GOES-16 is now the operational GOES-East satellite

December 18th, 2017 |

All 16 Bands from GOES-16 at 2102 UTC on 18 December 2017 [click to enlarge]

All 16 Bands from GOES-16 at 2102 UTC on 18 December 2017 [click to enlarge]

GOES-16, which has been sending data from the GOES-East position since 14 December, became the operational GOES-East satellite at 2100 UTC on 18 December, succeeding GOES-13 [which itself became GOES-East, succeeding GOES-12, in April 2010; (this post, from April 2003, is the first one with GOES-12 as the operational GOES-East, it took over for GOES-8 that month!) ].  The animation above shows all 16 Bands of the first operational CONUS image from GOES-16.

 

Changes to the GOES-16 CONUS sector

December 18th, 2017 |

GOES-R CONUS domains for Operational GOES-West Location (137º W Longitude, Green), Check-out Location (89.5º W Longitude, Red) and Operational GOES-East Location (75.2º W Longitude, Blue) (Click to enlarge)

When GOES-16 shifted from its checkout position at 89.5º W Longitude to its position at 75.2º W Longitude (where it will be operational as GOES-East), the domain for the Continental US (CONUS) domain shifted slightly. In ‘Flex Mode‘ (also known as ‘Mode 3‘) of GOES-16 Scanning (and also in the proposed Mode 6), routine CONUS scans occur every 5 minutes. The image above, courtesy Mat Gunshor of CIMSS, shows the GOES-West CONUS scan in green, the GOES-R CONUS scan from the Check-out Location at 89.5º W Longitude in Red, and the GOES-16 CONUS scan domain in blue.

The center point of the CONUS domain, as documented in Table 5.1.2.7-5 from the GOES-R Product Definition and User’s Guide (PUG), shows a shift from 29.24º North Latitude, 91.41º West Longitude (at the check-out location) to 30.08º North Latitude, 87.1º West Longitude (at the operational GOES-East location).  As a result, the entire island of Puerto Rico is now in the CONUS sector, and the northern boundary has shifted farther north into central and western Canada, by about 100 miles.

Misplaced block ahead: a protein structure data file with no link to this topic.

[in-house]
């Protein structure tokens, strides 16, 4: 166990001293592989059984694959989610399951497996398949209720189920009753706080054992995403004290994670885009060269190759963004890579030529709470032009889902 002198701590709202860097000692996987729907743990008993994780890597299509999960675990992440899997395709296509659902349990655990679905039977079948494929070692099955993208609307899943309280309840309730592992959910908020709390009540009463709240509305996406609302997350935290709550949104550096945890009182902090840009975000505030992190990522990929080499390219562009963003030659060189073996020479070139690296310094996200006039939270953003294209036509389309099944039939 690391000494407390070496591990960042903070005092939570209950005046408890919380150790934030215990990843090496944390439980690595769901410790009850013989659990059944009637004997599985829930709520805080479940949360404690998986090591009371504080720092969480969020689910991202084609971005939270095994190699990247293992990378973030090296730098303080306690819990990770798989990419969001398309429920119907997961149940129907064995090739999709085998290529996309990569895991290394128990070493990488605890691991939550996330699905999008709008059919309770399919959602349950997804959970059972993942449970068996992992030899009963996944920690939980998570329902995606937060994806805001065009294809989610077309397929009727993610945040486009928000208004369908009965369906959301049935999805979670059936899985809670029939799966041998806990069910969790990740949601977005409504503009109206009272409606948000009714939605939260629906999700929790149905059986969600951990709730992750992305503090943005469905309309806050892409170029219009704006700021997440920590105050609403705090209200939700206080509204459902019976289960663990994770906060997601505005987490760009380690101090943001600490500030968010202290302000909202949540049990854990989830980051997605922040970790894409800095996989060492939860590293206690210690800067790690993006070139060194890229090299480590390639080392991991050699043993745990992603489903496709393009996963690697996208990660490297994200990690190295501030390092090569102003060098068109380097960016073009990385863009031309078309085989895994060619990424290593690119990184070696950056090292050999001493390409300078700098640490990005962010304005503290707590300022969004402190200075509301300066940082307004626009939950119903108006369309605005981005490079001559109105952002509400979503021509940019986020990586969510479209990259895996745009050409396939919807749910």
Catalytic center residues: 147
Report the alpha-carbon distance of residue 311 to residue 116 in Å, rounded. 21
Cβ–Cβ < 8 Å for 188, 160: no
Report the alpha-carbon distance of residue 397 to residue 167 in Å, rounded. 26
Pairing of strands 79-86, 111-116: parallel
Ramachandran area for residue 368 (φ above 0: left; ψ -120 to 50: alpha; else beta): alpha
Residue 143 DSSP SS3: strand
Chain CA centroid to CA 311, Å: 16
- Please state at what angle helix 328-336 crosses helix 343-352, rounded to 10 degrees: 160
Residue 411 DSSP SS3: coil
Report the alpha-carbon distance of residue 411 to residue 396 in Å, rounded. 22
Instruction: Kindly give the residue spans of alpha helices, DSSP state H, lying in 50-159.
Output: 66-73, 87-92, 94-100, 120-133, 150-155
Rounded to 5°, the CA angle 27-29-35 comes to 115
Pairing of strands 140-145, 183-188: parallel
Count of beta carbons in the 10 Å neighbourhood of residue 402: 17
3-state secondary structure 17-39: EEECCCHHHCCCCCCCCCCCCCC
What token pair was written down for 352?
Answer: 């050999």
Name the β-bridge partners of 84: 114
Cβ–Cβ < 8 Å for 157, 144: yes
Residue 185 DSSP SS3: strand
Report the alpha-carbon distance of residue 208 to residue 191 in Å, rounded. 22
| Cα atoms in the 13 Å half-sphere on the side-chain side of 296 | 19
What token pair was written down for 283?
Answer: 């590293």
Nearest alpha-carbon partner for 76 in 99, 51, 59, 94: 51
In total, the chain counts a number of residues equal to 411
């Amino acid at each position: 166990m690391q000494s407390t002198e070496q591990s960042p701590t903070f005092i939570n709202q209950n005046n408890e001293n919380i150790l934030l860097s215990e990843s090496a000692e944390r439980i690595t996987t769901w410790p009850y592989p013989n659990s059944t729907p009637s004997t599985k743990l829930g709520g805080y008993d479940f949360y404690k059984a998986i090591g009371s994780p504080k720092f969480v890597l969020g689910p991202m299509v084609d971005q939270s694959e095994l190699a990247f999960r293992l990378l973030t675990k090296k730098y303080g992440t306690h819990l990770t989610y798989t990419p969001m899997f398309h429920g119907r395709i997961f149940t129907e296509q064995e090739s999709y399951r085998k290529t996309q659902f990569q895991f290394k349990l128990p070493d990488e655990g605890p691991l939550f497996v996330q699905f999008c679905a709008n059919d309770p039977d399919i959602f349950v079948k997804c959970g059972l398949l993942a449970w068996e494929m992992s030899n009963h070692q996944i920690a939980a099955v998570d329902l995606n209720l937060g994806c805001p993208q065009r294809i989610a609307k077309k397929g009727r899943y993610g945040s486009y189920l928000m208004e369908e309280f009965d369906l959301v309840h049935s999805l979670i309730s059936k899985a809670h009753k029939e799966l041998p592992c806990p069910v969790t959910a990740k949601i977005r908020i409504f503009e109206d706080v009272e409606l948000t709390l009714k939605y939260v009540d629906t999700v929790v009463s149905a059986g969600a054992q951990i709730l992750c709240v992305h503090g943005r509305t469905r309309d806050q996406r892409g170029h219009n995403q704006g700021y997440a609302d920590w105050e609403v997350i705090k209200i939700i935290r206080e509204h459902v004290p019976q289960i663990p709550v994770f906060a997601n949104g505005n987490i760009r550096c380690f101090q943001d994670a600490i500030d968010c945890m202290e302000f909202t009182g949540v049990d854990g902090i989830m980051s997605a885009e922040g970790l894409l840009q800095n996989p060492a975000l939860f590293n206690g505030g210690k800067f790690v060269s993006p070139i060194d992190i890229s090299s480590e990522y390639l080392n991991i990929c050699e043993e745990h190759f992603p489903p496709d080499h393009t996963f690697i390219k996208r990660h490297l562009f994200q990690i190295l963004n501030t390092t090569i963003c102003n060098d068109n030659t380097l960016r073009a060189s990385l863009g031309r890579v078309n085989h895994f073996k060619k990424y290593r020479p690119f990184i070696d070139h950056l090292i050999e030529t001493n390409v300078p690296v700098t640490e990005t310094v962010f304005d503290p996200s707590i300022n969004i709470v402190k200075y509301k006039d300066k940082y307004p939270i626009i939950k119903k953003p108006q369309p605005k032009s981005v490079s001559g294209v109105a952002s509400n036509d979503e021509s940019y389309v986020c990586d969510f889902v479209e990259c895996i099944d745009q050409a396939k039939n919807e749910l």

GOES-16 CONUS Imagery from the Test Location (Left) and GOES-16 CONUS Imagery from the Operational GOES-East Location (right) as displayed in 2 different AWIPS

Contrails over Virginia

December 18th, 2017 |

GOES-16

GOES-16 “Red” Visible (0.64 µm, top), Near-Infrared “Cirrus (1.38 µm, center) and “Clean” Infrared Window (10.3 µm, bottom) images [click to play animation]

A comparison of GOES-16 “Red” Visible (0.64 µm), Near-Infrared “Cirrus (1.38 µm) and “Clean” Infrared Window (10.3 µm) images (above) revealed a number of aircraft contrails drifting eastward across Virginia during the morning hours on 18 December 2017. Note how many of the individual contrails were easier to identify and follow in the sequence of 1-minute interval Mesoscale Sector images.

A Cirrus band is also available on the MODIS instrument (aboard Terra and Aqua) as well as the VIIRS instrument (aboard Suomi NPP and NOAA-20) — a toggle between the Terra MODIS Cirrus (1.375 µm),  Infrared Window (11.0 µm) and Visible (0.65 µm) images at 1607 UTC (below) again showed that contrails and other ice crystal cloud features were better highlighted on the Cirrus image.

Terra MODIS Cirrus (1.375 µm), Infrared Window (11.0 µm) and Visible (0.65 µm) images [click to enlarge]

Terra MODIS Cirrus (1.375 µm), Infrared Window (11.0 µm) and Visible (0.65 µm) images [click to enlarge]

The 12 UTC rawinsonde profile from Washington Dulles Airport in northern Virginia (below) showed a relatively moist layer in the upper troposphere near the 300 hPa (9.5 km or 31,000 ft) level, which is a common altitude for commercial jets to fly — this likely contributed to the longevity of many of the contrail features.

Rawinsonde profile from Washington Dulles Airport in Virginia [click to enlarge]

Rawinsonde profile from Washington Dulles Airport in Virginia [click to enlarge]